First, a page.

In the Caroni swamp on the west coast you can see the scarlet ibis at sunset and travel by boat along intricate waterways through islands of mangrove. This is the most extensive wetland habitat, fed by rivers off the Northern Range. There is a visitor centre and daily boat tours. Nariva on the east coast is an internationally recognised and protected wetland that is the habitat of manatees, howler monkeys and blue and gold macaws. Tour operators with special licenses kayak into the Bush Bush Sanctuary.
The natural vegetation of Trinidad is remarkable for its diversity: 2,300 flowering plants, including 700 orchids; native and exotic species; 300 species of ferns and their allies; 370 species of trees, including the native purpleheart, mora and crappo.
Savannahs, frequently flooded in the rainy season and parched in the dry season, produce remarkable islands of vegetation with adaptable endemic forms.
Evergreen seasonal forests, common in such areas as Matura and the Central Range and characterised by high rainfall, give rise to trees such as blackheart, guatacare and bois mulatre, trees whose failure to shed leaves seasonally gives shade to rare exotic plants.
Trinidad has almost 400 bird species (more than any other Caribbean island), including purple honeycreepers, tufted coquettes and blue-and-yellow macaws.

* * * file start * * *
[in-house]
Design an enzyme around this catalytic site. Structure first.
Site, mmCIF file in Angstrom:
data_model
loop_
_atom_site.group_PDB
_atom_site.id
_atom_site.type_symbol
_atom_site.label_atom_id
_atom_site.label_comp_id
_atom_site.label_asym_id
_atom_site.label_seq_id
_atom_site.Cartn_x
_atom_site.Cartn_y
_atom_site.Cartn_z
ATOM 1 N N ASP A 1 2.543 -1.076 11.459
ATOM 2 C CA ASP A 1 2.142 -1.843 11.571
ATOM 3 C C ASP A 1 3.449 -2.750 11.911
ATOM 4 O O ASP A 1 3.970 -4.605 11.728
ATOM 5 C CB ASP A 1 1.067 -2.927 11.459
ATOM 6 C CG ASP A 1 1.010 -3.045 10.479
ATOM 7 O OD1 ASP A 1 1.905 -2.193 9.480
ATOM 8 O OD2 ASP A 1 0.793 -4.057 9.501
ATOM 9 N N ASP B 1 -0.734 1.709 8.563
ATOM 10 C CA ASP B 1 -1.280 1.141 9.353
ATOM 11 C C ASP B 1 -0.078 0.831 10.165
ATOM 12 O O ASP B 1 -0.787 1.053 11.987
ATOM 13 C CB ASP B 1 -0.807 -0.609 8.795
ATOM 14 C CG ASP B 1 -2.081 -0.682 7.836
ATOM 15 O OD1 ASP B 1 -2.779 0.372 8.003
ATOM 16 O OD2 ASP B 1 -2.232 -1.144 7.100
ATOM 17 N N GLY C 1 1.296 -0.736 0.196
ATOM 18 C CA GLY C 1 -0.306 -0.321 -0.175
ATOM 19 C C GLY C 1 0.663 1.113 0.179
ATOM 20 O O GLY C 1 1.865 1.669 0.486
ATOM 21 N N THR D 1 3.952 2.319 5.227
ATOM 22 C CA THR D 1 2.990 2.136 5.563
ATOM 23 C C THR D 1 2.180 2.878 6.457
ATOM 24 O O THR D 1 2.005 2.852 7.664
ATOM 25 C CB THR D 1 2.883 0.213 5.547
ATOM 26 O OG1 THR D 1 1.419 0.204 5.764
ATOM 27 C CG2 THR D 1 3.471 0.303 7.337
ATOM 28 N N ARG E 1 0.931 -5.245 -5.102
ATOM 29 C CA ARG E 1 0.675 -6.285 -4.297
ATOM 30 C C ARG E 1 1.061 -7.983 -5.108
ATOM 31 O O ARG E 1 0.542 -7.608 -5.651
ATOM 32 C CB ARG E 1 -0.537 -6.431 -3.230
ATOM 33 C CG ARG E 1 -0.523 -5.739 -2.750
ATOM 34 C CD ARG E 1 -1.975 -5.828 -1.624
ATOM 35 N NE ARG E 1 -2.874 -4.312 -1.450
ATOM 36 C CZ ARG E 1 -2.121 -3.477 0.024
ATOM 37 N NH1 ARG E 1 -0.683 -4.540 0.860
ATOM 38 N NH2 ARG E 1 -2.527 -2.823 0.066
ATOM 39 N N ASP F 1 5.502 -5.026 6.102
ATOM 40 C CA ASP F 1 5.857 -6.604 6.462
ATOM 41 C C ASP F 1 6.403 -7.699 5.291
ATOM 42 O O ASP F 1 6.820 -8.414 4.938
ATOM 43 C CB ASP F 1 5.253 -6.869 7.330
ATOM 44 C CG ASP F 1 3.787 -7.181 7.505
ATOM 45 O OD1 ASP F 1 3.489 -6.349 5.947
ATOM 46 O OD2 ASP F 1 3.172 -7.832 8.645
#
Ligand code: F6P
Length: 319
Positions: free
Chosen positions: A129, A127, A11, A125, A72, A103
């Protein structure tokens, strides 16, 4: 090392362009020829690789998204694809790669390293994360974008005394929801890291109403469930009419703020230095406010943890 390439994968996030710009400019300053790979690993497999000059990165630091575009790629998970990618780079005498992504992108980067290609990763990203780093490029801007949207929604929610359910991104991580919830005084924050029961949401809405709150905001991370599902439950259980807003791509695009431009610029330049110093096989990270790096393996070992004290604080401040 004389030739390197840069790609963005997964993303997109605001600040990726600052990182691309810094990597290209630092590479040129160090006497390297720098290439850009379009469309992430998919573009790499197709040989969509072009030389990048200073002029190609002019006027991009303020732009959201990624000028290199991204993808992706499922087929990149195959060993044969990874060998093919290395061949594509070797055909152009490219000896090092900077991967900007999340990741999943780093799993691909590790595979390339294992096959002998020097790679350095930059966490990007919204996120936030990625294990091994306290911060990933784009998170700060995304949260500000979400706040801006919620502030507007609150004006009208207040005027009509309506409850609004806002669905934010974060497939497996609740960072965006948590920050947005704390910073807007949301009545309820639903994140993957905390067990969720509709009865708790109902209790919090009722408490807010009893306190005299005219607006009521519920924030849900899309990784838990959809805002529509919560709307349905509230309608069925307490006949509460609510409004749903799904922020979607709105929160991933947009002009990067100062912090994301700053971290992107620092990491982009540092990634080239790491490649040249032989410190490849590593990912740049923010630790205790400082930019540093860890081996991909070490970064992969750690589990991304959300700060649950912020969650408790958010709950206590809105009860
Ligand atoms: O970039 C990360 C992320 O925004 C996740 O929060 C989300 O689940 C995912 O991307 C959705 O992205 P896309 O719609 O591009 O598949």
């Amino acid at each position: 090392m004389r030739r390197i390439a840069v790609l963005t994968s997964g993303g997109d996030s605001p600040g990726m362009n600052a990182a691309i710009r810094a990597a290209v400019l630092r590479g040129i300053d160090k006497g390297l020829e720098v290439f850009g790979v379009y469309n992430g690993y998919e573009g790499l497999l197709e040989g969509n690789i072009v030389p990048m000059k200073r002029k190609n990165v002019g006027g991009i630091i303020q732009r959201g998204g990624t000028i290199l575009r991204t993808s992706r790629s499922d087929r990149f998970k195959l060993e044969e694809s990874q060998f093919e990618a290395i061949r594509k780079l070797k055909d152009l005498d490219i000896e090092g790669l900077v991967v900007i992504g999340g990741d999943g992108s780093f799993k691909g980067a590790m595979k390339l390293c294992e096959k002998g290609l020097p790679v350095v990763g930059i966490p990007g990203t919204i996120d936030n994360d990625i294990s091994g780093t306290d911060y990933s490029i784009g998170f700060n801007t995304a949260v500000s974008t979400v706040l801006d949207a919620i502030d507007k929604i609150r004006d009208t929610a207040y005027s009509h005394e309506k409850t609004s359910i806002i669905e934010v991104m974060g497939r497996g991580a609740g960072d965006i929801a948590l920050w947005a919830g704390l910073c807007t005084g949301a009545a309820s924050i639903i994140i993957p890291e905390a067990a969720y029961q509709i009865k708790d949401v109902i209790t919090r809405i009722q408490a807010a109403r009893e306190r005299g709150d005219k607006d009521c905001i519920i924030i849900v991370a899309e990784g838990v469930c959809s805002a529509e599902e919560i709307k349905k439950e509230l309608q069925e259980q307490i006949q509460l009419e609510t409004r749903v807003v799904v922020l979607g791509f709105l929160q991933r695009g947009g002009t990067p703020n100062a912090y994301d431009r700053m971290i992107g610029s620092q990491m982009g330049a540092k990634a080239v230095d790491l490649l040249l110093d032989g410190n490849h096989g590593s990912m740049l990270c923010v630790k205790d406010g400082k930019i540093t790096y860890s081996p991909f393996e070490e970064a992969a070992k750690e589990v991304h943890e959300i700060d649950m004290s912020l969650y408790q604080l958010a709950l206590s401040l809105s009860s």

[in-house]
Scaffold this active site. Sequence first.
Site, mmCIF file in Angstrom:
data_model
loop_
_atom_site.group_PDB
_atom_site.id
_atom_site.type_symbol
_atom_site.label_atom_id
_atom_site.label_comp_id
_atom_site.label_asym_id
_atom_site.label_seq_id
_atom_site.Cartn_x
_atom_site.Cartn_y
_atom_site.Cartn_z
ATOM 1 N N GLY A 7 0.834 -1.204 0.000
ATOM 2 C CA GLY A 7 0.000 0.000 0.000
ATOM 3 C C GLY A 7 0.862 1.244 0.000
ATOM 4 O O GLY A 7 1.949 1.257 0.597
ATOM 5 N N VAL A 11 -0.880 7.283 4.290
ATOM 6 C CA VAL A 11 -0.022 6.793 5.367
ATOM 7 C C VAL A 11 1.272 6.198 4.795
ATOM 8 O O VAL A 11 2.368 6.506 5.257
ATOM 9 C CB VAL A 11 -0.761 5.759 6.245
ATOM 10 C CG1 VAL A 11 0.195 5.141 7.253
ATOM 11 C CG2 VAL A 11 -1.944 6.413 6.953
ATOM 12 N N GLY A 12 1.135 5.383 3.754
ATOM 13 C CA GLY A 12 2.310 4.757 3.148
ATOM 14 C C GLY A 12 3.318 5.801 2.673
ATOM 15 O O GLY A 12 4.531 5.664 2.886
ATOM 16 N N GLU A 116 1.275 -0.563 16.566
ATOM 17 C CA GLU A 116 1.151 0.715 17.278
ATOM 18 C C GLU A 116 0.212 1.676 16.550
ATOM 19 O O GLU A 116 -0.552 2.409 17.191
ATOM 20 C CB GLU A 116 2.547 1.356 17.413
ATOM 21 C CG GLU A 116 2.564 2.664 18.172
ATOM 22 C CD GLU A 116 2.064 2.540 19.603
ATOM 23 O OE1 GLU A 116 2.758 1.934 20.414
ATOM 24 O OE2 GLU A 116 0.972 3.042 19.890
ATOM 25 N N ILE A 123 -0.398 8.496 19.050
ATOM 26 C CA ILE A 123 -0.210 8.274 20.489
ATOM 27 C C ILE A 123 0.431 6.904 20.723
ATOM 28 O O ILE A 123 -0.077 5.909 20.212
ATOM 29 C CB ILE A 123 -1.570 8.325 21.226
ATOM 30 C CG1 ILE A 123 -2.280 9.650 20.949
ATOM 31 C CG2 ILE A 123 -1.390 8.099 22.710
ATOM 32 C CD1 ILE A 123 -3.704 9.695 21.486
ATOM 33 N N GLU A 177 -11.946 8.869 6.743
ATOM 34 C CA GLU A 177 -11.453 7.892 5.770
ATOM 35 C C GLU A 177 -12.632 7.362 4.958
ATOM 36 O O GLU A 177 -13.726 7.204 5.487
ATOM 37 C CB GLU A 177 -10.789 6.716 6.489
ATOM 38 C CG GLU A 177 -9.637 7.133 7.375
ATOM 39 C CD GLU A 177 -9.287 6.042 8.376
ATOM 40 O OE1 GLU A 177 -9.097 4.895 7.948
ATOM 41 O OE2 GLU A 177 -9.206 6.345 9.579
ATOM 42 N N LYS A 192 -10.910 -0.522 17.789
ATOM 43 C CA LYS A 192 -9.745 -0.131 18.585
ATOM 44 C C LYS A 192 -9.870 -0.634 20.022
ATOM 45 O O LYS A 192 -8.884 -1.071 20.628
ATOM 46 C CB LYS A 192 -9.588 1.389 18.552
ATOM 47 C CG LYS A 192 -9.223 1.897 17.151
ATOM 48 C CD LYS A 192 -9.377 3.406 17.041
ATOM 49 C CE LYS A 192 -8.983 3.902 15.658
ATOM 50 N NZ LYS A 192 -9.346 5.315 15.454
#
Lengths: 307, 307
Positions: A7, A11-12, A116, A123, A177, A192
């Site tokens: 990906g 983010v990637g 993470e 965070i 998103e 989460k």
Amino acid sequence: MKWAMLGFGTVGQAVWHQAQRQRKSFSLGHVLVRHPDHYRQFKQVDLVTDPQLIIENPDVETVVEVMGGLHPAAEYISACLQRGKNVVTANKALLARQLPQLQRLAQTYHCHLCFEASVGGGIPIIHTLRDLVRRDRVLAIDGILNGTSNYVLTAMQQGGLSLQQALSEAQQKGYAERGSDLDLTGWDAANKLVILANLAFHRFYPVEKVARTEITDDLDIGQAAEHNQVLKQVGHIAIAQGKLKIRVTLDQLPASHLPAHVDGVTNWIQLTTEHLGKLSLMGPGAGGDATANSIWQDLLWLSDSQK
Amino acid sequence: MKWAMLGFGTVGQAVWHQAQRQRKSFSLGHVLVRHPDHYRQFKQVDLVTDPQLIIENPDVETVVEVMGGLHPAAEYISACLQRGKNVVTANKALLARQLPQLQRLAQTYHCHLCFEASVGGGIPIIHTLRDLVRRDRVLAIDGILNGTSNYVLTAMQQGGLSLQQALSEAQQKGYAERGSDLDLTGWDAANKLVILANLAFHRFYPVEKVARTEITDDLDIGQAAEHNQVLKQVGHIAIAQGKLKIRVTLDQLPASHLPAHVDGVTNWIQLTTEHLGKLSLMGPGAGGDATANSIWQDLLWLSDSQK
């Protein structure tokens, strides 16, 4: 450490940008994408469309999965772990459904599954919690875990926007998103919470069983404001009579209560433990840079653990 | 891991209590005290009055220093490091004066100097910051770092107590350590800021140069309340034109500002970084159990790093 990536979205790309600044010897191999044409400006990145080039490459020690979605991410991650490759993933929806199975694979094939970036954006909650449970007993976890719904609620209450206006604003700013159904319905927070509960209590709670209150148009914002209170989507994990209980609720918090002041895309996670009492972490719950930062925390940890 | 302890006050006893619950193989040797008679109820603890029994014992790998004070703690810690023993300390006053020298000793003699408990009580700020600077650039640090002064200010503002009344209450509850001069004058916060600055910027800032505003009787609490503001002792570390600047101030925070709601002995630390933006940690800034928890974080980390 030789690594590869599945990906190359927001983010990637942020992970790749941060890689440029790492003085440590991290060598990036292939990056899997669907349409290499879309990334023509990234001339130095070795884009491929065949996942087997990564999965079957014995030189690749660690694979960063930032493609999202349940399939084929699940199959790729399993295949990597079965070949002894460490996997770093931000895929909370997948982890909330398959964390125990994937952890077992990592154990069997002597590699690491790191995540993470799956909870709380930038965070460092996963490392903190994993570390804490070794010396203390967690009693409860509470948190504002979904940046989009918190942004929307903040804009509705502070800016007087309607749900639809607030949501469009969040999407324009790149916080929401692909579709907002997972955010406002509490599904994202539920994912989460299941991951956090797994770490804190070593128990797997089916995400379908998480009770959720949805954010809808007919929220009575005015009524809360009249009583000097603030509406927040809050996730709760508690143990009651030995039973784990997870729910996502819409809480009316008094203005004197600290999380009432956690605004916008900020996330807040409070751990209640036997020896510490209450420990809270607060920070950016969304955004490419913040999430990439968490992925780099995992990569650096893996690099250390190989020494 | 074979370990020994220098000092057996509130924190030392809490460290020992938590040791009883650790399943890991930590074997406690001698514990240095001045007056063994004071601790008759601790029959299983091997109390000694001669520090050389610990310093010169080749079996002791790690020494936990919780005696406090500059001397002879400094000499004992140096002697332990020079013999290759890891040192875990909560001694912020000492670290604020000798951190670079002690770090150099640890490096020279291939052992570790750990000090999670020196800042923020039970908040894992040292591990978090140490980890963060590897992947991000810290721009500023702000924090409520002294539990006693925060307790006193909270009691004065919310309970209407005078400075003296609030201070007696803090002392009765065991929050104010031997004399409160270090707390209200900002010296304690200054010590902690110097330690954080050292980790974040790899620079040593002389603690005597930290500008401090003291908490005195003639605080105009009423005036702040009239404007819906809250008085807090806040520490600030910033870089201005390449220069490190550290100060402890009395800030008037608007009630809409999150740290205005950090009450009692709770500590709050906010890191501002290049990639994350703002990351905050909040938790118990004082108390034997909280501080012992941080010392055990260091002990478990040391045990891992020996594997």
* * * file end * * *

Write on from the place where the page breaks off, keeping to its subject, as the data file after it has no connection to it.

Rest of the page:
There are 620 butterfly species, 108 recorded mammal species (57 of them bats), 70 different reptiles (including mapipire, iguanas and skinks), and 30 amphibian species including the endemic golden tree frog.
Insect groups, including beetles, grasshoppers and caterpillars, are too numerous for accurate records, and it is safe to say that all insect orders are represented, including some undocumented species.
A few animal species have been introduced by humans, like the mongoose and much of our livestock.
Mammals include agouti, anteater, armadillo, capuchin monkey, deer, howler monkey, tree porcupine, manatee, manicou (opossum), ocelot, quenk (peccary or wild pig), squirrel. Reptillian life includes anaconda, caiman, iguana, leatherback turtles.
- Hummingbirds – everywhere!
- Gardens: yellow orioles, kiskadees, flycatchers, tanagers, bananaquits, honeycreepers, parrots
- Hills: kites, hawks, harriers, corbeaux (vultures), falcons
- Coasts: brown pelican, boobies, frigate birds
- Wetlands: scarlet ibis, heron, osprey, bittern, crake, coot
- Forest: toucan, trogon, oilbird (caves), bellbird, manakin, woodpeckers, kingfishers, parrots, macaws.
- Four-eyed fish
- Sightless fish (blind river catfish)
- Fishing bats
- Vampire bats
- Golden frogs
- Paradox frogs.
Look it Up
A good guide should be able to identify many of the plants and animals you spot on your eco adventure, but a reliable handbook can help make any trip more instructive. The definitive field guide for birdwatchers is A Guide to the Birds of Trinidad and Tobago, by Richard ffrench (2nd edition, Cornell University Press).